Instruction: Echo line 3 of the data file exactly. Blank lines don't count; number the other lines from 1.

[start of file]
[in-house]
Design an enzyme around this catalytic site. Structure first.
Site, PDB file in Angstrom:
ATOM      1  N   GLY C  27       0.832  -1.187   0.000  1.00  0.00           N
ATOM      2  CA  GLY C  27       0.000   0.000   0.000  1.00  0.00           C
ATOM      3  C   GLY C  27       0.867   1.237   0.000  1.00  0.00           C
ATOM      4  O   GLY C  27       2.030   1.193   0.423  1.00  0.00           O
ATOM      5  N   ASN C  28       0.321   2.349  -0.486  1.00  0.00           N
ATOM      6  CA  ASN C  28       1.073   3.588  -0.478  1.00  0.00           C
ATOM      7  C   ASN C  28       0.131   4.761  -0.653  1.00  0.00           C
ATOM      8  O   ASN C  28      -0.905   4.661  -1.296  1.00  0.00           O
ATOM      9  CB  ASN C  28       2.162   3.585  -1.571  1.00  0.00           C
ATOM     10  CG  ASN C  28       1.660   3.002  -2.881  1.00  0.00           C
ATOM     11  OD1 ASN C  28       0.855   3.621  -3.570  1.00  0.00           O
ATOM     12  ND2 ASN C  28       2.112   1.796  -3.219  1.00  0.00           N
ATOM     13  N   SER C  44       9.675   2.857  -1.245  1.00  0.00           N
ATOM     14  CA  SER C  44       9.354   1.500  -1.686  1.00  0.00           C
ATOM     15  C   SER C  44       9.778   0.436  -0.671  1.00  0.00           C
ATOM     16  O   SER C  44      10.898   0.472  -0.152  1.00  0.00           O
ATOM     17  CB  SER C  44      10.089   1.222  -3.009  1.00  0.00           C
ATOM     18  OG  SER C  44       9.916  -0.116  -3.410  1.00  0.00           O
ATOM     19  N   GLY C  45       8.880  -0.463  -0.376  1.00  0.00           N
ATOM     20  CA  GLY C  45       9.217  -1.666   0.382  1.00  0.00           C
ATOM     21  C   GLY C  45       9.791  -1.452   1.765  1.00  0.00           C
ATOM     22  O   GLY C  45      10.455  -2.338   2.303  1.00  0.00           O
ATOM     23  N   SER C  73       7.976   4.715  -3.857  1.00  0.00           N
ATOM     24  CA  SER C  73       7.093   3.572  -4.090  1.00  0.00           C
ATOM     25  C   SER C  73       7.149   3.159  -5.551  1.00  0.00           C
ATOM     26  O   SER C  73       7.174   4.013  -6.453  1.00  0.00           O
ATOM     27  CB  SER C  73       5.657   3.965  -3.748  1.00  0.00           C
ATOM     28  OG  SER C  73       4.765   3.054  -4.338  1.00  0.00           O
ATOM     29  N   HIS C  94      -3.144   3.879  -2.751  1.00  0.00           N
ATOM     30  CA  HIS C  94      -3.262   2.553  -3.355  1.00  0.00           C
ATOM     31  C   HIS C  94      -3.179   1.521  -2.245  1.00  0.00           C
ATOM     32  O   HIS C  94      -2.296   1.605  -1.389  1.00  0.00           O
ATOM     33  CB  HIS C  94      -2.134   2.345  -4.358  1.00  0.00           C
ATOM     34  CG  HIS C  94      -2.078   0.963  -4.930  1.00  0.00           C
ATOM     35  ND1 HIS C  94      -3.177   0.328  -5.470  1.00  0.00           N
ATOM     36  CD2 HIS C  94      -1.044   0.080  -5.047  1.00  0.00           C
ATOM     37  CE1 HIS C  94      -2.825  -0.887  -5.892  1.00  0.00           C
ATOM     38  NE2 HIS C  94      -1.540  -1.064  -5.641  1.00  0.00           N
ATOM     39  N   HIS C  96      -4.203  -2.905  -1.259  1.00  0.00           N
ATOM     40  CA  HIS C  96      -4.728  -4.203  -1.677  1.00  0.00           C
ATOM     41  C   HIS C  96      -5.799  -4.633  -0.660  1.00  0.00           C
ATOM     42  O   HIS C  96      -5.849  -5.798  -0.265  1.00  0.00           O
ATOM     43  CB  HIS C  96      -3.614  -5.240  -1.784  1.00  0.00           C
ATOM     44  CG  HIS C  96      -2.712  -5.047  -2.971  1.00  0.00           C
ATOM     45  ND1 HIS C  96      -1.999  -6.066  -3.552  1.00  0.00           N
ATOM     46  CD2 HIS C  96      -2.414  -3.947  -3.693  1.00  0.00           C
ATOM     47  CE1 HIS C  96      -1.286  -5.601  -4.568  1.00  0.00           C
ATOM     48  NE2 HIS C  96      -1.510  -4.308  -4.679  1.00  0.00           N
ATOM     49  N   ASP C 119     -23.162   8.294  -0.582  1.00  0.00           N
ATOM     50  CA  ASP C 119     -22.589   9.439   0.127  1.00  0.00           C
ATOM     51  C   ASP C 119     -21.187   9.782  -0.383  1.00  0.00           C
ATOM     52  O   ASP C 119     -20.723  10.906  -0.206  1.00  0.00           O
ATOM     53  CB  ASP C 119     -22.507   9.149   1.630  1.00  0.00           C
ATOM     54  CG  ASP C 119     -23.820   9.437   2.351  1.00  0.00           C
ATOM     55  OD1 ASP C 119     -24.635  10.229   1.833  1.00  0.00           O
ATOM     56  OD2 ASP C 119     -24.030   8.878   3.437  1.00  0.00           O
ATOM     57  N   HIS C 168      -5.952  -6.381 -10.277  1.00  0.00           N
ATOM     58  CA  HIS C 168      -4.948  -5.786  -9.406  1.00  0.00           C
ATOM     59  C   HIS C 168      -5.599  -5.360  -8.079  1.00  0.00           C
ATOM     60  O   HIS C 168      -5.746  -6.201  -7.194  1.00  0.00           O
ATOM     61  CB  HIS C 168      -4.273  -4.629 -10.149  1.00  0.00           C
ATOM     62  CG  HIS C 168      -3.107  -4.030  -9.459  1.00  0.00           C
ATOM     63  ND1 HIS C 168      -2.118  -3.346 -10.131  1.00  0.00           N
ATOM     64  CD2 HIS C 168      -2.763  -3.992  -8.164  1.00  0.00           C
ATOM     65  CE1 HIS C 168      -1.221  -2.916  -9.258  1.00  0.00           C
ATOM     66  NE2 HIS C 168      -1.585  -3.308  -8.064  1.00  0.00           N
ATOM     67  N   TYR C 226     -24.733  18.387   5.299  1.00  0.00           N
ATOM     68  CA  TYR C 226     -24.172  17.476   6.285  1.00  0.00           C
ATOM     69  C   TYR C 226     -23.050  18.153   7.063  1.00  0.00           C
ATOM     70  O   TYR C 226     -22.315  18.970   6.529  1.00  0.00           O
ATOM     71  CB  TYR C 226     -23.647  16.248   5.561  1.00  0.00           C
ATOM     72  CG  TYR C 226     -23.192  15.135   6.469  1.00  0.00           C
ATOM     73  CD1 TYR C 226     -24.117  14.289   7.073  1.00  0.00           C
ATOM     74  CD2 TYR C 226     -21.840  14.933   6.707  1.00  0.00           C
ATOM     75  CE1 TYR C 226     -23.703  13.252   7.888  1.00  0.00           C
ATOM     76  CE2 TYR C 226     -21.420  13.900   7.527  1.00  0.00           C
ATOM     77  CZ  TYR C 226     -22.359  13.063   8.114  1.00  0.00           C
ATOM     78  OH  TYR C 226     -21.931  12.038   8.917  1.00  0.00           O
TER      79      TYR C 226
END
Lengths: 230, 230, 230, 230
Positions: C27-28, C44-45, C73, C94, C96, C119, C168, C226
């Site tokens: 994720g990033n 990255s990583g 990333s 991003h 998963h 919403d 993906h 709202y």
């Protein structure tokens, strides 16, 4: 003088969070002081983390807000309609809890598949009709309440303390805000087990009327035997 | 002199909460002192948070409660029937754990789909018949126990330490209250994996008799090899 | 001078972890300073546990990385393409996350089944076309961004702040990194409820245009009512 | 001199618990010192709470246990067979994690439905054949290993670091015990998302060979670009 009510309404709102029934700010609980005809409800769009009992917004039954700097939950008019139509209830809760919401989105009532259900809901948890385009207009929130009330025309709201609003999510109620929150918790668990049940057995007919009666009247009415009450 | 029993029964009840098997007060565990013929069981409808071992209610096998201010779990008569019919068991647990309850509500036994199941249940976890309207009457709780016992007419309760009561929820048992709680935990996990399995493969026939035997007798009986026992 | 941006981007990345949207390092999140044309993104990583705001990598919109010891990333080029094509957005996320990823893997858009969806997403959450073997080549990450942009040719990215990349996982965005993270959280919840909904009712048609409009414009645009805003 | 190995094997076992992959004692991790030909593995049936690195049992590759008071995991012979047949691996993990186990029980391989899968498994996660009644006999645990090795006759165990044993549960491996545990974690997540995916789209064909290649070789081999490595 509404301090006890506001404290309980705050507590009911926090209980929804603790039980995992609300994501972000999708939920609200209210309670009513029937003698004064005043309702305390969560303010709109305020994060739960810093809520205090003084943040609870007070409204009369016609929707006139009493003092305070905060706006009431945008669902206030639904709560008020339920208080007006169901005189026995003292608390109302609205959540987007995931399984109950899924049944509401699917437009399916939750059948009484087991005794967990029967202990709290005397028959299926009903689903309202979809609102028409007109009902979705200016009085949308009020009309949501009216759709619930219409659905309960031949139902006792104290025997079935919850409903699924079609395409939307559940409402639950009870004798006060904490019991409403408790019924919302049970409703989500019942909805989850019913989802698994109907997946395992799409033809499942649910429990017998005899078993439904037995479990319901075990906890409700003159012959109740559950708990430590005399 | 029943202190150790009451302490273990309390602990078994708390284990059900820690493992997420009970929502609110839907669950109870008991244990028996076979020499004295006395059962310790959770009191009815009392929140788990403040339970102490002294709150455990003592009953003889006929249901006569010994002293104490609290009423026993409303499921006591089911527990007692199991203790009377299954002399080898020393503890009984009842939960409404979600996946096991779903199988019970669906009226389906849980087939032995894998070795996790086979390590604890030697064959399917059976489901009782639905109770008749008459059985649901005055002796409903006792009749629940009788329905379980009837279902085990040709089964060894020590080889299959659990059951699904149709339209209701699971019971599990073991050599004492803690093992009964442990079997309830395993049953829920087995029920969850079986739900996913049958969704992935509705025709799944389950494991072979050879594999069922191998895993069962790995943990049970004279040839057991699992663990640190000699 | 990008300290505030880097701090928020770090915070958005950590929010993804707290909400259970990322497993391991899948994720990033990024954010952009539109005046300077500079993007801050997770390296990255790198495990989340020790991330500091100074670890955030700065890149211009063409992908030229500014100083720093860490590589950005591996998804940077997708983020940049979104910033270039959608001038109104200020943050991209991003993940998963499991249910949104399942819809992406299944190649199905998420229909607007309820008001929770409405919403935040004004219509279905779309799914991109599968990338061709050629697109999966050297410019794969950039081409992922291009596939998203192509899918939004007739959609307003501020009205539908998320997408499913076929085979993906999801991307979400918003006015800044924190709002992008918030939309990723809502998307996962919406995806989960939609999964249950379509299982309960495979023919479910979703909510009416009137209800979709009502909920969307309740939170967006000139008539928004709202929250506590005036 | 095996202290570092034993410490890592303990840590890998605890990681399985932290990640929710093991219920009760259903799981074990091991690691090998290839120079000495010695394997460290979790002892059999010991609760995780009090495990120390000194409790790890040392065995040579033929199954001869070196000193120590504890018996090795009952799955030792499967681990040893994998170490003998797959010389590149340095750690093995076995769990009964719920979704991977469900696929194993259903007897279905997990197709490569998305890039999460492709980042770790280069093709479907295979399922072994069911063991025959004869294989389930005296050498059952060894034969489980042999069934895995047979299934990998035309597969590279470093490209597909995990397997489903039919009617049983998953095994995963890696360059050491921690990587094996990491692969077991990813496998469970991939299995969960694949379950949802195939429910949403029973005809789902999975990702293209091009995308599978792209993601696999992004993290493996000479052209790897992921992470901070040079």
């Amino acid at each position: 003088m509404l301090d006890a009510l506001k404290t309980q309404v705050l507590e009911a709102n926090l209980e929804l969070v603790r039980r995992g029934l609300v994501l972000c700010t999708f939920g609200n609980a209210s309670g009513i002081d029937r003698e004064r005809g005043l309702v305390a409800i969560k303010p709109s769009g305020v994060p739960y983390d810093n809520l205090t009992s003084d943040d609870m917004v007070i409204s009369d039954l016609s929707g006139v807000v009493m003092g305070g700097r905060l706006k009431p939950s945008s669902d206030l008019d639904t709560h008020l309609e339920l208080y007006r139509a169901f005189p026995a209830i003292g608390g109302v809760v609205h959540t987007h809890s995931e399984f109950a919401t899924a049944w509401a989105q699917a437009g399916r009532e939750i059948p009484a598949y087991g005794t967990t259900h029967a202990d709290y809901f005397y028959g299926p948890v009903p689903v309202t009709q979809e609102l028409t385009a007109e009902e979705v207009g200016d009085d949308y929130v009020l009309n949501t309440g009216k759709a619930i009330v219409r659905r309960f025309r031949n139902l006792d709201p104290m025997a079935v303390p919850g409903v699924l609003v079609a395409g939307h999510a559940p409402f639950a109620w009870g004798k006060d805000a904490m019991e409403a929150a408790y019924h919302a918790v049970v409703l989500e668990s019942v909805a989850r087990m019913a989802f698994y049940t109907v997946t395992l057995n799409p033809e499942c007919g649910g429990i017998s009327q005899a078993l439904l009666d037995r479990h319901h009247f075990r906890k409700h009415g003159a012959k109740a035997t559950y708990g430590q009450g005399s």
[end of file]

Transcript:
Site, PDB file in Angstrom: